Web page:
The Health Belief Model
The Health Belief Model is a great example of how content can be so powerful in driving healthy behaviour change. Whether it is increasing physical activity, saving money, healthy eating, or practicing mindfulness, educational content helps to facilitate the transferral of knowledge from healthcare professionals and experts to the consumer.
According to the model, health-related knowledge feeds into self-efficacy: which refers to expectations about one’s ability to do the behaviour. If they feel it is worthwhile for their health and that they are capable of executing it, they are more likely to perform the behaviour. Over time, this results in the improved health outcomes that the individual learned about in the first place.
So, for example, if a person is provided with content on the health benefits of engaging in 30 minutes of brisk walking everyday such that it reduces stress levels, lowers blood sugar, and improves heart health, they now have this health-related knowledge. They might consider whether this is feasible and decide that they are capable of walking 30 minutes to work every day instead of driving. Making this a habit over time then leads to the aforementioned improved health outcomes. But if we take a step back – one vital determinant for people to understand the content is adequate health literacy.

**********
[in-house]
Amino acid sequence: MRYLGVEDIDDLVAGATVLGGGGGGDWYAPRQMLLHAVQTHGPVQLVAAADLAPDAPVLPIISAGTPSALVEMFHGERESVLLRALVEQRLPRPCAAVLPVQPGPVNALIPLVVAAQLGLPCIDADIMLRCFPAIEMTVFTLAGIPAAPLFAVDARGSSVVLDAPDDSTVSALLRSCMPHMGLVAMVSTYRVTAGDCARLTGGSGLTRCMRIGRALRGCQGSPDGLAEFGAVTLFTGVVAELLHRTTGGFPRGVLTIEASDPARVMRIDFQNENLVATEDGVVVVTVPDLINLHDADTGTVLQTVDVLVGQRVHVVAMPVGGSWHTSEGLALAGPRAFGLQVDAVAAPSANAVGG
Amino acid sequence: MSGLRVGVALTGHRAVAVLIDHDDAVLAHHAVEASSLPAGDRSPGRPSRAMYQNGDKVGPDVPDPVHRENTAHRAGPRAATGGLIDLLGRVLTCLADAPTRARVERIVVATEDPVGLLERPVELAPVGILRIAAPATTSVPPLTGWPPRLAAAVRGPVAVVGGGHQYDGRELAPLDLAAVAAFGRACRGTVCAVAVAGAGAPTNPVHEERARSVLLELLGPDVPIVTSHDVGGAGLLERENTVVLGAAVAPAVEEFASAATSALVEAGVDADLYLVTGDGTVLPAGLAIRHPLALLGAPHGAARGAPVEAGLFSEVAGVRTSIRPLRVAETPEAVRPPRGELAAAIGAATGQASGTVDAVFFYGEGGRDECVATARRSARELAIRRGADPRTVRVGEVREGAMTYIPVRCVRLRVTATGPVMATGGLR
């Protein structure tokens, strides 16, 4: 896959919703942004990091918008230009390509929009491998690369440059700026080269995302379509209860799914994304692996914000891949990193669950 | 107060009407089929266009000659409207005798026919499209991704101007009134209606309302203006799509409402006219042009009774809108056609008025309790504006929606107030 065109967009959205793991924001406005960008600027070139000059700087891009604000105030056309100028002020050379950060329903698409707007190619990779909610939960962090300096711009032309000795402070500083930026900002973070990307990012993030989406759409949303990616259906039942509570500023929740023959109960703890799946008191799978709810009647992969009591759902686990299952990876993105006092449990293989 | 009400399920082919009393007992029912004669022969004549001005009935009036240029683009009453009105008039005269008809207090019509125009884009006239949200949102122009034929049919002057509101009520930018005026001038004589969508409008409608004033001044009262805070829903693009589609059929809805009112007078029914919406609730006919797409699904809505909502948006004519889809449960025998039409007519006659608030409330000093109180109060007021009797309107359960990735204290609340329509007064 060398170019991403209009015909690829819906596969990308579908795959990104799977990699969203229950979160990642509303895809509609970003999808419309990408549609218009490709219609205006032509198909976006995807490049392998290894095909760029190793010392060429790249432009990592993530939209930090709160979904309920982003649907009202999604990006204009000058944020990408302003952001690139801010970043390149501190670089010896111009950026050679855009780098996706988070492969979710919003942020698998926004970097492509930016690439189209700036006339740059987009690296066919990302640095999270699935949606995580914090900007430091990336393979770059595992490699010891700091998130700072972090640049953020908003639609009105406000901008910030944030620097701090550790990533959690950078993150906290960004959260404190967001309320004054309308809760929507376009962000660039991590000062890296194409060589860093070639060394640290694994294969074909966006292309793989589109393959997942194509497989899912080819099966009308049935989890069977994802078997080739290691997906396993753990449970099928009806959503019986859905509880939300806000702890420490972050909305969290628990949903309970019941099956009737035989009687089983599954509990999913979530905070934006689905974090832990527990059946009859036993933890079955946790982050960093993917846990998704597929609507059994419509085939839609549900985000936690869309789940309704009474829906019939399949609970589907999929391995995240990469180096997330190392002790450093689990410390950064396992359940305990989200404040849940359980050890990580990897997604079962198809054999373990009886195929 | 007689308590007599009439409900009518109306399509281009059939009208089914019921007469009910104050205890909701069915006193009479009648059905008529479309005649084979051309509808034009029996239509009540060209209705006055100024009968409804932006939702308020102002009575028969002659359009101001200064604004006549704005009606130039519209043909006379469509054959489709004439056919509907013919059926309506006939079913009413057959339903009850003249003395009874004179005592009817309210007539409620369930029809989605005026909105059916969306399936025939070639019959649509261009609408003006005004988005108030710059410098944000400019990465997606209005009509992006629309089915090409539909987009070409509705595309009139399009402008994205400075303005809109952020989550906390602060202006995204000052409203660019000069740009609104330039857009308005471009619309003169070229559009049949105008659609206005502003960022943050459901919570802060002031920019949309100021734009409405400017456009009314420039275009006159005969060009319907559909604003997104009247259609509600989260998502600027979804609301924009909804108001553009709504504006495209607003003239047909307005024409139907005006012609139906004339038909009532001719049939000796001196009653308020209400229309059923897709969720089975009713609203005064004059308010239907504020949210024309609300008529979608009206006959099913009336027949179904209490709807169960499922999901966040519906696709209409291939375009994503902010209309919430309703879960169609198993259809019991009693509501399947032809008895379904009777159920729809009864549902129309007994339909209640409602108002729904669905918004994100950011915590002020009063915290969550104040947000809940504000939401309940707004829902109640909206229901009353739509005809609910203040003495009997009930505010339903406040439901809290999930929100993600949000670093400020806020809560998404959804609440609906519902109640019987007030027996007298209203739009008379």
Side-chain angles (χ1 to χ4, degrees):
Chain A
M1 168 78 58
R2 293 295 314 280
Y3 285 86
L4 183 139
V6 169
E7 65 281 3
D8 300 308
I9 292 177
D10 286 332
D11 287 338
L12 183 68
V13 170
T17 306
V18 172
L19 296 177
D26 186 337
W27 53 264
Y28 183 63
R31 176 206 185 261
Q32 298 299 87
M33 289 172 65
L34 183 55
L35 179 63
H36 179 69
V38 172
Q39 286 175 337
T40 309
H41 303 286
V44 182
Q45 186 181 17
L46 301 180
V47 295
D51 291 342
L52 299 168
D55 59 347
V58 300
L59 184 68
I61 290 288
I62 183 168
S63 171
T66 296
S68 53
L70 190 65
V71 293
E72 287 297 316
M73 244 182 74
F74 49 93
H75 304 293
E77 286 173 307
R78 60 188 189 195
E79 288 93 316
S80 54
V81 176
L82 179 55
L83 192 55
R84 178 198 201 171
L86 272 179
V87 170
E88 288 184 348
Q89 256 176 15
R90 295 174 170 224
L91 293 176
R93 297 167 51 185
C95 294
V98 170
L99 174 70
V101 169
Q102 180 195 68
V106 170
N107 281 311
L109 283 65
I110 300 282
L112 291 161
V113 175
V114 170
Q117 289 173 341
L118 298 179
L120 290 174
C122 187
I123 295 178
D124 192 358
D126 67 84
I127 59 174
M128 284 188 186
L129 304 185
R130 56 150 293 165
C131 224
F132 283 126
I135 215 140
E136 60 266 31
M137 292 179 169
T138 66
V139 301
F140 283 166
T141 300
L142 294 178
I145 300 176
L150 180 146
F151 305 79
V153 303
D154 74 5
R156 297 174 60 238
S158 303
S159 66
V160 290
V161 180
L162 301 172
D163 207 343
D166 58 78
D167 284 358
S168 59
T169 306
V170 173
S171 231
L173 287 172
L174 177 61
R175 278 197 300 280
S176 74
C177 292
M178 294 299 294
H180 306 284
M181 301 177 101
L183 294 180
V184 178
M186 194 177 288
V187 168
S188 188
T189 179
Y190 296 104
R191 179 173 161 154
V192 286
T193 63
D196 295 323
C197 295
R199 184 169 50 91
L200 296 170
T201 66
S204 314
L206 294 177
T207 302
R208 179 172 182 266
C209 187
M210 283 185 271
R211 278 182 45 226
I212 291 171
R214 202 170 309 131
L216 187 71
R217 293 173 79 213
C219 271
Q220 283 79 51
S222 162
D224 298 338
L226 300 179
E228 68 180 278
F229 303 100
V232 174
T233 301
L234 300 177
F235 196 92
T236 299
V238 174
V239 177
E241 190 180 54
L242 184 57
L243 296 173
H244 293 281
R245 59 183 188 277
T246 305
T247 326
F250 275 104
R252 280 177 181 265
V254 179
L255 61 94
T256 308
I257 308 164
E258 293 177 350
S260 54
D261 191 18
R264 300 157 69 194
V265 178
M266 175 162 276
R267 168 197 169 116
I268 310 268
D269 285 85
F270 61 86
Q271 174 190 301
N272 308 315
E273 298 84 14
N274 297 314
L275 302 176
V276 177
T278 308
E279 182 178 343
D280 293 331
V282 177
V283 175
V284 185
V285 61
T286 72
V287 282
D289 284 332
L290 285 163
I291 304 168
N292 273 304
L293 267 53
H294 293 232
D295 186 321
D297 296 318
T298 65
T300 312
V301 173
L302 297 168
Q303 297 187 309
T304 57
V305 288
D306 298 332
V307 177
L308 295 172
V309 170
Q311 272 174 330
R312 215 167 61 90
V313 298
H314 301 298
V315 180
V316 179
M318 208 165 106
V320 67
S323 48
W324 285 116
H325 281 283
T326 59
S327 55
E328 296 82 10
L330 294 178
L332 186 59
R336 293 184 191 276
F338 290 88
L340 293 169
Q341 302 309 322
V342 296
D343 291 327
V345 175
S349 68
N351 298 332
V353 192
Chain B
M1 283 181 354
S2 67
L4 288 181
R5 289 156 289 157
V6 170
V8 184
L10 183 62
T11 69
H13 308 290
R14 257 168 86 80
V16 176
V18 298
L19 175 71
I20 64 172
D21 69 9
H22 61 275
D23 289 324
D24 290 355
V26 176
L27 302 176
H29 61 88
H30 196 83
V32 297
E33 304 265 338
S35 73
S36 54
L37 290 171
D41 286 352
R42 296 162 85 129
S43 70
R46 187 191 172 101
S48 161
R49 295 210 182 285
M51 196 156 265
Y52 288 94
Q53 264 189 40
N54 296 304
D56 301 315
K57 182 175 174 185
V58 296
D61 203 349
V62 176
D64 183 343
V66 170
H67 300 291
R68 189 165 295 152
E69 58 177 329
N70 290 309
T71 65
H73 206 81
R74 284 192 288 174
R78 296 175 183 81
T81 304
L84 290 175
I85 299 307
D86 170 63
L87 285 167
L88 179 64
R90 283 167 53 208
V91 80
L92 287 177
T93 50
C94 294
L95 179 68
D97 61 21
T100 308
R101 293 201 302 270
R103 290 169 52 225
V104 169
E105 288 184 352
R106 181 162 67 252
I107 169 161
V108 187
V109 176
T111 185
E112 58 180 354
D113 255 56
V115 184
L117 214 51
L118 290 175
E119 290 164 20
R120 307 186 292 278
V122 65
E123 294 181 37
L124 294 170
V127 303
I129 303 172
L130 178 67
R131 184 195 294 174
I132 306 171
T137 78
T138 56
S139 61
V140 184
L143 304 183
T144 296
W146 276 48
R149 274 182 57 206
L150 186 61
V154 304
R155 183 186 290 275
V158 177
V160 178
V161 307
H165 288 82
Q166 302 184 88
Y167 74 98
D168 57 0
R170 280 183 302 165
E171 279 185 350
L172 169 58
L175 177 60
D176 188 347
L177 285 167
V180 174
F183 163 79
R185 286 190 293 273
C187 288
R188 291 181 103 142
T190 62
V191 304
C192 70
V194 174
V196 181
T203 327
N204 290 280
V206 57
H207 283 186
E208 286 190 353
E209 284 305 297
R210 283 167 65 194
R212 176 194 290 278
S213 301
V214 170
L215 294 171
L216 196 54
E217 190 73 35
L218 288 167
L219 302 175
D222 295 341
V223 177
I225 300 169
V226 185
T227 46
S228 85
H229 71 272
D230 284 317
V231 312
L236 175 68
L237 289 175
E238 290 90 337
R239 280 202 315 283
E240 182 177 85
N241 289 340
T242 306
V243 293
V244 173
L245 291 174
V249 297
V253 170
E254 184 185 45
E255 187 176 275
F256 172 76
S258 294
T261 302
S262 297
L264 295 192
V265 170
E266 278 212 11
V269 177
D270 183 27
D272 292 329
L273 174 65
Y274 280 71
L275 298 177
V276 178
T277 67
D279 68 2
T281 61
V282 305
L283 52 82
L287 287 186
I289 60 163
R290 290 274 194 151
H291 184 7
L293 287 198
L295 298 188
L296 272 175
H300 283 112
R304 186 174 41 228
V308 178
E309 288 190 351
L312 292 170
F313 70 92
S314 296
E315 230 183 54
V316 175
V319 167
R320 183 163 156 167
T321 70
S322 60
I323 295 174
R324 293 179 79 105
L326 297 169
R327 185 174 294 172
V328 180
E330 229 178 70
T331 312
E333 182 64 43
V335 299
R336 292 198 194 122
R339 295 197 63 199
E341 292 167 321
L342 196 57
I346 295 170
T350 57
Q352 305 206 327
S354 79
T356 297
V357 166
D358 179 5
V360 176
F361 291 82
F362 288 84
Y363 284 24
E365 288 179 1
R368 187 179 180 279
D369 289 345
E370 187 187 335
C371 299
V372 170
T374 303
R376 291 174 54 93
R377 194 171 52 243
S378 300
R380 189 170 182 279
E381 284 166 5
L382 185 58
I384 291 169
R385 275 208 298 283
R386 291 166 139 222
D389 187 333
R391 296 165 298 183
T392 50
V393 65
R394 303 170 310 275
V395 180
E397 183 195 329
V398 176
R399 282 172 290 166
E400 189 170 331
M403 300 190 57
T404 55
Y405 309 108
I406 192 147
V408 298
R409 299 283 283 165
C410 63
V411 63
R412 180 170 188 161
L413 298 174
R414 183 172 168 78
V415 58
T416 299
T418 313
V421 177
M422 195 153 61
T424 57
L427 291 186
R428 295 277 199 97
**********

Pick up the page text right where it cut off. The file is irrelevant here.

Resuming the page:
According to Sorensen et al. (2012), health literacy:
“entails people’s knowledge, motivation, and competence to access, understand, appraise, and apply health information in order to make judgements and decisions in everyday life concerning healthcare, disease prevention, and health promotion to maintain or improve quality of life during the life course.”
So, health outcomes really do improve as health literacy advances – but it’s not always easy. There are constant challenges from limited technology and reading skills to misleading and biased information online. Both the employer and the content providers can play a crucial role in addressing these hurdles. A growing body of research indicates that limited health literacy can actually lead to adverse health outcomes. For example, research indicates that between one-third to one-half of all adults struggle with health literacy – and 87% of people need help with health-related information.
The same goes for financial literacy. A meta-analysis of 126 impact evaluation studies found that financial education significantly impacts financial behaviour.
Advances in technology mean that individuals can accesshealth-related information and content wherever, whenever they want. With modern health solutions and apps, employers can support their employees regardless of their geographic location. This removes physical barriers that traditionally impeded access to healthcare support and resources and allows for a more equal workplace that supports employees across the globe.